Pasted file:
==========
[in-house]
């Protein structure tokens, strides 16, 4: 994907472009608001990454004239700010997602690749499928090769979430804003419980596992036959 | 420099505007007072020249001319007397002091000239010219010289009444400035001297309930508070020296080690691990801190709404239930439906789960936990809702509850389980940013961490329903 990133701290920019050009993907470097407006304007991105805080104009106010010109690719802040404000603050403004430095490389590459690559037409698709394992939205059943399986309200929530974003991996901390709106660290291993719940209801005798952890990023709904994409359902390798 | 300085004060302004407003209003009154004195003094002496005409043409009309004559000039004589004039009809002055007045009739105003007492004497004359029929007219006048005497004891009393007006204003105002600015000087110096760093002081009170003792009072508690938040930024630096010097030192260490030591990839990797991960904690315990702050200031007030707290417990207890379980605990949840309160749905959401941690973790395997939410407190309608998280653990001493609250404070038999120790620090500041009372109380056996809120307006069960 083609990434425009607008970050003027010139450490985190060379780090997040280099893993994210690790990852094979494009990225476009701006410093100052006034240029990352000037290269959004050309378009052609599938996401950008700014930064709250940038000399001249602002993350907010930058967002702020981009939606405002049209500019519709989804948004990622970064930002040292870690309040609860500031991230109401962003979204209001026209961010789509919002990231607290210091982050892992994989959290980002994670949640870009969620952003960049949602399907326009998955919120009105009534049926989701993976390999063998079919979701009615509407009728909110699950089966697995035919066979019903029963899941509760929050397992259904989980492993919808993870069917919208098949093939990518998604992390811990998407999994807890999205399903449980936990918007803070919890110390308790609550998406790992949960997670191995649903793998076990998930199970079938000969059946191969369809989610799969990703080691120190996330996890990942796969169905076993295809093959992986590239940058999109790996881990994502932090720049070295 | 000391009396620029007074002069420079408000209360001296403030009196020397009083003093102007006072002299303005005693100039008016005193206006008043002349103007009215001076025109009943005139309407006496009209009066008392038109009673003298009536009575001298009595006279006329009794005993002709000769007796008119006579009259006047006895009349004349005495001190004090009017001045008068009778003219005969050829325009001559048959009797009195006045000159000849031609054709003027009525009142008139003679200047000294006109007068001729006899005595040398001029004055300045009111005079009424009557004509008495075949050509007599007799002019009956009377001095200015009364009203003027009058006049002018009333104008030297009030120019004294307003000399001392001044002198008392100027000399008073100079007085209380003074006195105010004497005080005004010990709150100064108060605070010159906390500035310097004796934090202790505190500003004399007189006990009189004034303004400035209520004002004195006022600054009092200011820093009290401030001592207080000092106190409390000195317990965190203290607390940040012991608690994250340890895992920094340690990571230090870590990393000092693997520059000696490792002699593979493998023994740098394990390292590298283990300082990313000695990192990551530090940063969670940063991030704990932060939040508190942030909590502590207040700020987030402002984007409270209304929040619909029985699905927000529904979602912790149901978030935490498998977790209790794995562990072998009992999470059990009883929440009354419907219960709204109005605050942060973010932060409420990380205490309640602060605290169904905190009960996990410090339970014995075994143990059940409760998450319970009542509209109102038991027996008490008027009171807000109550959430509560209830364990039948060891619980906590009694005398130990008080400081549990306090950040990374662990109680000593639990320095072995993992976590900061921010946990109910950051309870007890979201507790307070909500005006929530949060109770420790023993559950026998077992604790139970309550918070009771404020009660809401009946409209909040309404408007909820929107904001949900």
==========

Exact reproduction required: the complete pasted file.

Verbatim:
[in-house]
């Protein structure tokens, strides 16, 4: 994907472009608001990454004239700010997602690749499928090769979430804003419980596992036959 | 420099505007007072020249001319007397002091000239010219010289009444400035001297309930508070020296080690691990801190709404239930439906789960936990809702509850389980940013961490329903 990133701290920019050009993907470097407006304007991105805080104009106010010109690719802040404000603050403004430095490389590459690559037409698709394992939205059943399986309200929530974003991996901390709106660290291993719940209801005798952890990023709904994409359902390798 | 300085004060302004407003209003009154004195003094002496005409043409009309004559000039004589004039009809002055007045009739105003007492004497004359029929007219006048005497004891009393007006204003105002600015000087110096760093002081009170003792009072508690938040930024630096010097030192260490030591990839990797991960904690315990702050200031007030707290417990207890379980605990949840309160749905959401941690973790395997939410407190309608998280653990001493609250404070038999120790620090500041009372109380056996809120307006069960 083609990434425009607008970050003027010139450490985190060379780090997040280099893993994210690790990852094979494009990225476009701006410093100052006034240029990352000037290269959004050309378009052609599938996401950008700014930064709250940038000399001249602002993350907010930058967002702020981009939606405002049209500019519709989804948004990622970064930002040292870690309040609860500031991230109401962003979204209001026209961010789509919002990231607290210091982050892992994989959290980002994670949640870009969620952003960049949602399907326009998955919120009105009534049926989701993976390999063998079919979701009615509407009728909110699950089966697995035919066979019903029963899941509760929050397992259904989980492993919808993870069917919208098949093939990518998604992390811990998407999994807890999205399903449980936990918007803070919890110390308790609550998406790992949960997670191995649903793998076990998930199970079938000969059946191969369809989610799969990703080691120190996330996890990942796969169905076993295809093959992986590239940058999109790996881990994502932090720049070295 | 000391009396620029007074002069420079408000209360001296403030009196020397009083003093102007006072002299303005005693100039008016005193206006008043002349103007009215001076025109009943005139309407006496009209009066008392038109009673003298009536009575001298009595006279006329009794005993002709000769007796008119006579009259006047006895009349004349005495001190004090009017001045008068009778003219005969050829325009001559048959009797009195006045000159000849031609054709003027009525009142008139003679200047000294006109007068001729006899005595040398001029004055300045009111005079009424009557004509008495075949050509007599007799002019009956009377001095200015009364009203003027009058006049002018009333104008030297009030120019004294307003000399001392001044002198008392100027000399008073100079007085209380003074006195105010004497005080005004010990709150100064108060605070010159906390500035310097004796934090202790505190500003004399007189006990009189004034303004400035209520004002004195006022600054009092200011820093009290401030001592207080000092106190409390000195317990965190203290607390940040012991608690994250340890895992920094340690990571230090870590990393000092693997520059000696490792002699593979493998023994740098394990390292590298283990300082990313000695990192990551530090940063969670940063991030704990932060939040508190942030909590502590207040700020987030402002984007409270209304929040619909029985699905927000529904979602912790149901978030935490498998977790209790794995562990072998009992999470059990009883929440009354419907219960709204109005605050942060973010932060409420990380205490309640602060605290169904905190009960996990410090339970014995075994143990059940409760998450319970009542509209109102038991027996008490008027009171807000109550959430509560209830364990039948060891619980906590009694005398130990008080400081549990306090950040990374662990109680000593639990320095072995993992976590900061921010946990109910950051309870007890979201507790307070909500005006929530949060109770420790023993559950026998077992604790139970309550918070009771404020009660809401009946409209909040309404408007909820929107904001949900």